In this Article
- What other names is Peppermint known by?
- What is Peppermint?
- How does Peppermint work?
- Are there safety concerns?
- Are there any interactions with medications?
- Dosing considerations for Peppermint.
Peppermint can cause some side effects including heartburn, and allergic reactions including flushing, headache, and mouth sores.
Peppermint oil, when taken by mouth in pills with a special (enteric) coating to prevent contact with the stomach, is POSSIBLY SAFE for children 8 years of age and older.
Special Precautions & Warnings:Pregnancy and breast-feeding: It is LIKELY SAFE to take peppermint in amounts normally found in food during pregnancy and breast-feeding. However, not enough is known about the safety of taking larger amounts used for medicine. It's best not to take these larger amounts if you are pregnant or breast-feeding.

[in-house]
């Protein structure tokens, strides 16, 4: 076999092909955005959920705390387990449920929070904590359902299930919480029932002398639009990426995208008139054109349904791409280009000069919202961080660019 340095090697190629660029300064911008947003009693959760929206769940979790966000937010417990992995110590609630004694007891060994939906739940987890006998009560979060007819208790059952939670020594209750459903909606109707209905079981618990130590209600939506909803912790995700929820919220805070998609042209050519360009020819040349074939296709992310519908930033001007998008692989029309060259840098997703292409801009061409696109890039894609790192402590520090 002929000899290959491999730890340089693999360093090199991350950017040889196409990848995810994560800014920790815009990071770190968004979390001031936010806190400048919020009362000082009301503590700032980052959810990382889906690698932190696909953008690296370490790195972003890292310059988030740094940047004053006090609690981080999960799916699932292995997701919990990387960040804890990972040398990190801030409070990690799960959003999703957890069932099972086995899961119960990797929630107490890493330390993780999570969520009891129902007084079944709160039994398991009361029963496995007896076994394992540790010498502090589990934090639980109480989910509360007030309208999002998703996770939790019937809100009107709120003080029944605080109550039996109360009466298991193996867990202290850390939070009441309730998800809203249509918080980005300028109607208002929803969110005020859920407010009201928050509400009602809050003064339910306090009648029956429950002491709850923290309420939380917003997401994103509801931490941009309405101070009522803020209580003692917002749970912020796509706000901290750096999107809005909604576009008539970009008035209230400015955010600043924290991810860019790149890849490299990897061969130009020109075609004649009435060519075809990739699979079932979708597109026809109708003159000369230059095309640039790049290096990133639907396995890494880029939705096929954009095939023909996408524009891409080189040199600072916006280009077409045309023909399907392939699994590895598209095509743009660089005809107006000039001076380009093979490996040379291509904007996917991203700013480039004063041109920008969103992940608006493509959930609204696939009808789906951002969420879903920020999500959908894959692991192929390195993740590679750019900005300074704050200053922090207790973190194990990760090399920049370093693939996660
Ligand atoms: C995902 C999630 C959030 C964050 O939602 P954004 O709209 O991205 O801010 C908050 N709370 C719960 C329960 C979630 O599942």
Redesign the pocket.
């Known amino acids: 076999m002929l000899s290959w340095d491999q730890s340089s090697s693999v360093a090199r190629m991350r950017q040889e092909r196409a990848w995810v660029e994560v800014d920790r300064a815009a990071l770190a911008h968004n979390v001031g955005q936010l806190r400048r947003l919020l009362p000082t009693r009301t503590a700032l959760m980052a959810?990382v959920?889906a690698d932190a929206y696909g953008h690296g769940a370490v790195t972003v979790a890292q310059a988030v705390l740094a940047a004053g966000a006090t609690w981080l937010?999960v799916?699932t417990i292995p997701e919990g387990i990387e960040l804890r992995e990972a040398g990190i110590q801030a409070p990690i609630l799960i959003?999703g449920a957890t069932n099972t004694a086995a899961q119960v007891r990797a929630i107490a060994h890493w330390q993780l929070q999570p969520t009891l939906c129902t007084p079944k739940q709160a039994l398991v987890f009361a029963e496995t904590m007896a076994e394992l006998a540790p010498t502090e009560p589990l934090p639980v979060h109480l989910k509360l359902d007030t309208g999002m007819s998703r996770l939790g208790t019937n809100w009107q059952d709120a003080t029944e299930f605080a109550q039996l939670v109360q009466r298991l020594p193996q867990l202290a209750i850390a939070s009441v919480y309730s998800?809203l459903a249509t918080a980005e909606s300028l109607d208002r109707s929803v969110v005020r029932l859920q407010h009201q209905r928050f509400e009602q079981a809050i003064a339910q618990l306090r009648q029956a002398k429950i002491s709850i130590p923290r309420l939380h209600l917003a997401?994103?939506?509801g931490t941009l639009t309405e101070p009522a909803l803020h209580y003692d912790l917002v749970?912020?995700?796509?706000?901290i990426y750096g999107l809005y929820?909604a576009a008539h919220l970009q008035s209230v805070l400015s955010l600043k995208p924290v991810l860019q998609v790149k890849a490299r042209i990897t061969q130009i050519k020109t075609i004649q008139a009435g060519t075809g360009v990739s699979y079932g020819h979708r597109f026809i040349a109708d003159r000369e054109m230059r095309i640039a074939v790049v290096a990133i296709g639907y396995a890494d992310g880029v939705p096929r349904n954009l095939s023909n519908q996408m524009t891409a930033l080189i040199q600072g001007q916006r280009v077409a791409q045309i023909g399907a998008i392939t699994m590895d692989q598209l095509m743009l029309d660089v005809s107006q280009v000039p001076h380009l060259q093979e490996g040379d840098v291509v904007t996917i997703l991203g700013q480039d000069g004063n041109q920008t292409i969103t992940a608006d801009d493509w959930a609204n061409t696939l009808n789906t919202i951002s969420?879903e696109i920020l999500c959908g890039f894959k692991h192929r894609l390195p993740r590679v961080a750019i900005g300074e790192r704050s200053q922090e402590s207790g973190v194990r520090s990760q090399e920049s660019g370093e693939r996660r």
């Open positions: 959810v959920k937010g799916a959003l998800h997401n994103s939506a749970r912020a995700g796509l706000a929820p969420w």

A stomach condition in which the stomach is not producing hydrochloric acid (achlorhydria): Don't use enteric-coated peppermint oil if you have this condition. The enteric coating might dissolve too early in the digestive process.
Diarrhea: Enteric-coated peppermint oil could cause anal burning, if you have diarrhea.
Report Problems to the Food and Drug Administration
You are encouraged to report negative side effects of prescription drugs to the FDA. Visit the FDA MedWatch website or call 1-800-FDA-1088.
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